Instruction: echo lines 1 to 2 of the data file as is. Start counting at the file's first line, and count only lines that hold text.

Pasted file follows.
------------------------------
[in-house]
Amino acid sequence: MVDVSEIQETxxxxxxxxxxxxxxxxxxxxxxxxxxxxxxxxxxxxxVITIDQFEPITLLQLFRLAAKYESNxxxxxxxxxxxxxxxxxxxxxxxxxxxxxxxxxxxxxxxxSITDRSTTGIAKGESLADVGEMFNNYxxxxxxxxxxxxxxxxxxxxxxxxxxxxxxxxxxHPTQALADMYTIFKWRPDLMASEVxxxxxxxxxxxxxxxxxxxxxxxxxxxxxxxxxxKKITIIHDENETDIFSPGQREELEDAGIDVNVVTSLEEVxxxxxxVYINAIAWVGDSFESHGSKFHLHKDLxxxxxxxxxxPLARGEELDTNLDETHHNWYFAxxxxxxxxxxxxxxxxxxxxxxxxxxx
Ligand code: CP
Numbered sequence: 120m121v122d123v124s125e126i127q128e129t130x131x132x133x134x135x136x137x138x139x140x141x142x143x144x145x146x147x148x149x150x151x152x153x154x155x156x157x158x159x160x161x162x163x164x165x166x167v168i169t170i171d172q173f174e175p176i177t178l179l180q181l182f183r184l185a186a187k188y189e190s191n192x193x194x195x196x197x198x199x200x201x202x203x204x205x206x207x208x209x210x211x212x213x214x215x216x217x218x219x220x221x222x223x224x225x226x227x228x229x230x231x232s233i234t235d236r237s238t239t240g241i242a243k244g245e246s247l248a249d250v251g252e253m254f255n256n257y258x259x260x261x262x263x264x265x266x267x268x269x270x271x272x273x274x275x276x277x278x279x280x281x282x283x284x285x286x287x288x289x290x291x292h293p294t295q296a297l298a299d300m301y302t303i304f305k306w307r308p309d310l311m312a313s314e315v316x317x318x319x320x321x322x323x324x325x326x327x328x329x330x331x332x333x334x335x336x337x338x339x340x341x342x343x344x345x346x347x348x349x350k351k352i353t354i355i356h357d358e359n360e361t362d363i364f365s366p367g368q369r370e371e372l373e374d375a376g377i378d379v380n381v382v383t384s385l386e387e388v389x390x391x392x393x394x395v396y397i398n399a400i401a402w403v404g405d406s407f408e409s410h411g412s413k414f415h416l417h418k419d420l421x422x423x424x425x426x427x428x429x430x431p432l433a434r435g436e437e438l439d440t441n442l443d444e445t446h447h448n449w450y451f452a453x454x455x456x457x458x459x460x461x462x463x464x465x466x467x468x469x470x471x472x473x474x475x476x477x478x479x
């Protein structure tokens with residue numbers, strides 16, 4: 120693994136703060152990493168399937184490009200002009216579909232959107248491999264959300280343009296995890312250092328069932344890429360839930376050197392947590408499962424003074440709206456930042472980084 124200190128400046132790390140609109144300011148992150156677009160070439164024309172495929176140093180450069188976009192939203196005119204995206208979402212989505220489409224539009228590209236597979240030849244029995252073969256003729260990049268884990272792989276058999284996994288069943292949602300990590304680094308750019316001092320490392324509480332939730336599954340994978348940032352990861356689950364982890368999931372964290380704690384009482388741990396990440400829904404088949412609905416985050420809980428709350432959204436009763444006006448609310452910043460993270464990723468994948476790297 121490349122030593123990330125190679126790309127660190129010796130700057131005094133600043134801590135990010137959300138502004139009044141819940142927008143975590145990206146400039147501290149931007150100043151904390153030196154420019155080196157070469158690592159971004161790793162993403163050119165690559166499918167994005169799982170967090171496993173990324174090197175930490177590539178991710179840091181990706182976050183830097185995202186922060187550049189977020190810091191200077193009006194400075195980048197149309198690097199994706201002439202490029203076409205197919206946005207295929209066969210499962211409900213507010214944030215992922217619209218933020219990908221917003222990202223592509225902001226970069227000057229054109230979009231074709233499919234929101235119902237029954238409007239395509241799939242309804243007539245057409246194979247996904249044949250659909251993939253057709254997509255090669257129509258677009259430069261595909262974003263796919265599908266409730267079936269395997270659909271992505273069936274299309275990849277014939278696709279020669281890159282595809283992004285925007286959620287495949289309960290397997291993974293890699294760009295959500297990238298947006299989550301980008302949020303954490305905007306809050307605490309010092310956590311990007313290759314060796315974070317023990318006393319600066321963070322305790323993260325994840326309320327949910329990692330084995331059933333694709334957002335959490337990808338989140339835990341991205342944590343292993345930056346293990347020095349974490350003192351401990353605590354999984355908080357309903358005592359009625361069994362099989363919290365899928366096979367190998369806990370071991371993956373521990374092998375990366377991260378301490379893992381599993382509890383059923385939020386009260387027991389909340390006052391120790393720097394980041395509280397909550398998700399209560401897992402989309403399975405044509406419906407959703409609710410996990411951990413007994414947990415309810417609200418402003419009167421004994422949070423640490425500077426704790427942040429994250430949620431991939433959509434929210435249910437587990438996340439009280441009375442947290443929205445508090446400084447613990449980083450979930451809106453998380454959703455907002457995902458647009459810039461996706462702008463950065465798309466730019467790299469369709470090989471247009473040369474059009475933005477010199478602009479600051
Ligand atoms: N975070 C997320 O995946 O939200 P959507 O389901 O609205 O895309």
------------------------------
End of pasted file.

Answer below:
[in-house]
Amino acid sequence: MVDVSEIQETxxxxxxxxxxxxxxxxxxxxxxxxxxxxxxxxxxxxxVITIDQFEPITLLQLFRLAAKYESNxxxxxxxxxxxxxxxxxxxxxxxxxxxxxxxxxxxxxxxxSITDRSTTGIAKGESLADVGEMFNNYxxxxxxxxxxxxxxxxxxxxxxxxxxxxxxxxxxHPTQALADMYTIFKWRPDLMASEVxxxxxxxxxxxxxxxxxxxxxxxxxxxxxxxxxxKKITIIHDENETDIFSPGQREELEDAGIDVNVVTSLEEVxxxxxxVYINAIAWVGDSFESHGSKFHLHKDLxxxxxxxxxxPLARGEELDTNLDETHHNWYFAxxxxxxxxxxxxxxxxxxxxxxxxxxx